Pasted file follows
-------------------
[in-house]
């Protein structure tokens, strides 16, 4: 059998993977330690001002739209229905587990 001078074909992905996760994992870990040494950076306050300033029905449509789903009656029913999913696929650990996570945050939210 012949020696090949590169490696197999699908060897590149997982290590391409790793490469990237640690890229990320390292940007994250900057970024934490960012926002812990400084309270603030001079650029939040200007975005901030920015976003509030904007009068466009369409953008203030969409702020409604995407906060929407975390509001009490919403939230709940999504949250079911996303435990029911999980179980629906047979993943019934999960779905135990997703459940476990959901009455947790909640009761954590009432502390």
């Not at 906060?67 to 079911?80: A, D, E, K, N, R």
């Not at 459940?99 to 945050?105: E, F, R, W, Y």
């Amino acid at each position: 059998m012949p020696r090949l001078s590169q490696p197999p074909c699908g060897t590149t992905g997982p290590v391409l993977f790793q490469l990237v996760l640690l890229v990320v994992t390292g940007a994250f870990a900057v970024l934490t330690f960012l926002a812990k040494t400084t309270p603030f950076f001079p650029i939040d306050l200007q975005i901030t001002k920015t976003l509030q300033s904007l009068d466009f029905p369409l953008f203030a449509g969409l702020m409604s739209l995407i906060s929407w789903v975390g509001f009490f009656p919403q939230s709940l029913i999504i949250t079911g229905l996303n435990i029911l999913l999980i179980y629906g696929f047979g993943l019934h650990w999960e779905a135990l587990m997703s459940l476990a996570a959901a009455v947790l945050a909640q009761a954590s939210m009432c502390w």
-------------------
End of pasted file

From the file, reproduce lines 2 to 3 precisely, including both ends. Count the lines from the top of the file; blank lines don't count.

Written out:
């Protein structure tokens, strides 16, 4: 059998993977330690001002739209229905587990 001078074909992905996760994992870990040494950076306050300033029905449509789903009656029913999913696929650990996570945050939210 012949020696090949590169490696197999699908060897590149997982290590391409790793490469990237640690890229990320390292940007994250900057970024934490960012926002812990400084309270603030001079650029939040200007975005901030920015976003509030904007009068466009369409953008203030969409702020409604995407906060929407975390509001009490919403939230709940999504949250079911996303435990029911999980179980629906047979993943019934999960779905135990997703459940476990959901009455947790909640009761954590009432502390």
């Not at 906060?67 to 079911?80: A, D, E, K, N, R």